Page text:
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UK Minister witnesses climate change in Greenland

Department for The Environment, Food And Rural Affairs (National)

The Greenland Dialogue: Minister Attends Key Talks On Climate Change And Visits The Greenland Ice-Cap

Climate change and Environment Minister Elliot Morley has witnessed growing evidence of how man-made climate change is affecting Greenland's ice-cap.

It followed three days of informal Ministerial discussions with more than 20 countries, including European partners, the United States, Canada, China, Brazil and South Africa on measures that need to be taken to combat climate change.

The Greenland Dialogue on Climate Change, hosted by the Danish government, looked at four main areas:

* The Climate challenge - looking at what the science says about climate change, the possible impacts and the risks of inaction, looking at particular at the Arctic crisis.

* Adaptation, mitigation and development - focusing on meeting the causes, implications and responses in the wider sustainable development agenda, as well as looking at economic growth and the role of technology transfer.

* Possibilities for and challenges of future international climate change cooperation - examining the obstacles that will need to be overcome in deciding on future action.

* The way forward - how to ensure continuation of a high-level informal dialogue.

Following the Dialogue, Ministers toured by helicopter Greenland's ice-cap. Latest satellite data shows that the Arctic Sea ice shrunk to a record low for the month of June.

Defra-funded research, carried out by the Met Office's Hadley Centre for Climate Prediction and Research, recently found that man-made greenhouse gases are probably causing increasing river flows into the Arctic Ocean, which are already having a knock-on effect on rainfall patterns across the world.

Mr Morley said: "Here in Greenland, Ministers have come face to face with the visible evidence of the scale and urgency of the climate change challenge. It gave added impetus to our talks and reinforced our commitment to strengthening action to tackle climate change - in particular to the Kyoto Protocol, when we meet in Montreal later this year."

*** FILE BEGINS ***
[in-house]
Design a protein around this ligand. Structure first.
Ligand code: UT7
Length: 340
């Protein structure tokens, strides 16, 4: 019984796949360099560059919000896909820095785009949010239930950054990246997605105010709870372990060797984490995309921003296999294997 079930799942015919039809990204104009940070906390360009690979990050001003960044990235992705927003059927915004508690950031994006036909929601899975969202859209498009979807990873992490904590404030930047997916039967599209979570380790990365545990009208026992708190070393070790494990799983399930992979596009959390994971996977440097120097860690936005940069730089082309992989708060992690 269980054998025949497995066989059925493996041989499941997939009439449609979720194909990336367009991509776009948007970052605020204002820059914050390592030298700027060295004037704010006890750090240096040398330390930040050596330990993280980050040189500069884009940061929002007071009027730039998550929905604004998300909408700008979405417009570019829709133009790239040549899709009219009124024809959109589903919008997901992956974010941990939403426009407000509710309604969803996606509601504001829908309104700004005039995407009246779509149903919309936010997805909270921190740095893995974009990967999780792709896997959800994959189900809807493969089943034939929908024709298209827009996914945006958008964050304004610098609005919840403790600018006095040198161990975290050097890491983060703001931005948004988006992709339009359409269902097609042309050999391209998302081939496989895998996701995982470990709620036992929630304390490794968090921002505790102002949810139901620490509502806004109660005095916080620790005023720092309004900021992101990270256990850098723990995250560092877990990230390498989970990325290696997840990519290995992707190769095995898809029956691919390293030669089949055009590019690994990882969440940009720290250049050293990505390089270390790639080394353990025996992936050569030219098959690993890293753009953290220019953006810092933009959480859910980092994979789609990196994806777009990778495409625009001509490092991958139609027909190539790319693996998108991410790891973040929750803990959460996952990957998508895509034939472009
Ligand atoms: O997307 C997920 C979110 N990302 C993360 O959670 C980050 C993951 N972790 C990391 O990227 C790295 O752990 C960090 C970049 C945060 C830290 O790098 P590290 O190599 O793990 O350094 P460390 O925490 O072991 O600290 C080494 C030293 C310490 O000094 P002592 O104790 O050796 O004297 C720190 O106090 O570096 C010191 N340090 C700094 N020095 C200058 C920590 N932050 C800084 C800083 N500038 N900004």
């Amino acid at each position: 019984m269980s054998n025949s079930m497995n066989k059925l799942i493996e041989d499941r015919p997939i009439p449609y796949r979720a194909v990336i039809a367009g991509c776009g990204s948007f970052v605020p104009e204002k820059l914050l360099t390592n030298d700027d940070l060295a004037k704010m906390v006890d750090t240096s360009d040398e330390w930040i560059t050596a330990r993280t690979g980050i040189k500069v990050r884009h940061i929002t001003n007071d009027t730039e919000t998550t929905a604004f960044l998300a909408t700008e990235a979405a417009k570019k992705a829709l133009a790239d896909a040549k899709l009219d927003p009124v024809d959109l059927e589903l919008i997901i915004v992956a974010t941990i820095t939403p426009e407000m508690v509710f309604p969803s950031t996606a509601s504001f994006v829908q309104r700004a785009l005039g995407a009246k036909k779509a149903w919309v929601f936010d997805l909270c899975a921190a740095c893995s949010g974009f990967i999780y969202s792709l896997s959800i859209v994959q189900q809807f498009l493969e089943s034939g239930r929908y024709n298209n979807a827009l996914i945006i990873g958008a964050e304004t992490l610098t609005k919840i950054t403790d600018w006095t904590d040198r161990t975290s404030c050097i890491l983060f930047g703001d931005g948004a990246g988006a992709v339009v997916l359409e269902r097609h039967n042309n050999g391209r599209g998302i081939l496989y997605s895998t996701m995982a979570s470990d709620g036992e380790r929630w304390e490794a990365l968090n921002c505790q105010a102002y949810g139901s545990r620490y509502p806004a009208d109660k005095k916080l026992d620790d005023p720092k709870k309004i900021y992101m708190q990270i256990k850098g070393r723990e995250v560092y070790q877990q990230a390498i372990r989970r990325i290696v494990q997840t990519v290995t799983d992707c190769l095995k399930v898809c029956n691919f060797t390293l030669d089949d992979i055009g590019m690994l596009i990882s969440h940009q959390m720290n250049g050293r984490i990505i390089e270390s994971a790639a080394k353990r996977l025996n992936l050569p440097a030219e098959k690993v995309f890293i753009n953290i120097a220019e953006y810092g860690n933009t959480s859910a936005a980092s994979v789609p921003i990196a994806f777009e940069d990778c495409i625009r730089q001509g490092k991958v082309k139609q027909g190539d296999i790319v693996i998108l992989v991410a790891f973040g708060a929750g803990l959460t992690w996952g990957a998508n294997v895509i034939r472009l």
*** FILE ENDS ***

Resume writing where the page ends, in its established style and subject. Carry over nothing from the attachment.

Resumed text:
Mr Morley said the talks had built upon the consensus achieved by the Avoiding Dangerous Climate Change science conference which took place at the Met Office in Exeter in February, the Energy and Environment Ministerial roundtable, which was held in London in March to look at developing low-carbon economies across the globe, and the recent Gleneagles Summit, where a Plan of Action was agreed.

They had also built on the progress made at the Bonn seminar of Government representatives in May, which was tasked with looking at the way forward after the first commitments under the Kyoto Protocol end in 2012.

"The UK has done much during the G8 Presidency to stimulate and open up international discussions on the future of climate change. I am delighted that the Danish government has brought Ministers together to look at building on the objectives and principles laid down in the UNFCCC and the experience acquired in negotiating and implementing the Kyoto Protocol.

"And I am particularly pleased that developing countries such as China, Brazil and South Africa have been present here, as well as the United States, to help build the momentum in terms of preparing the way for negotiations on a future regime at the UN Conference of the Parties and 1st meeting of the Kyoto Protocol parties in Montreal in December."

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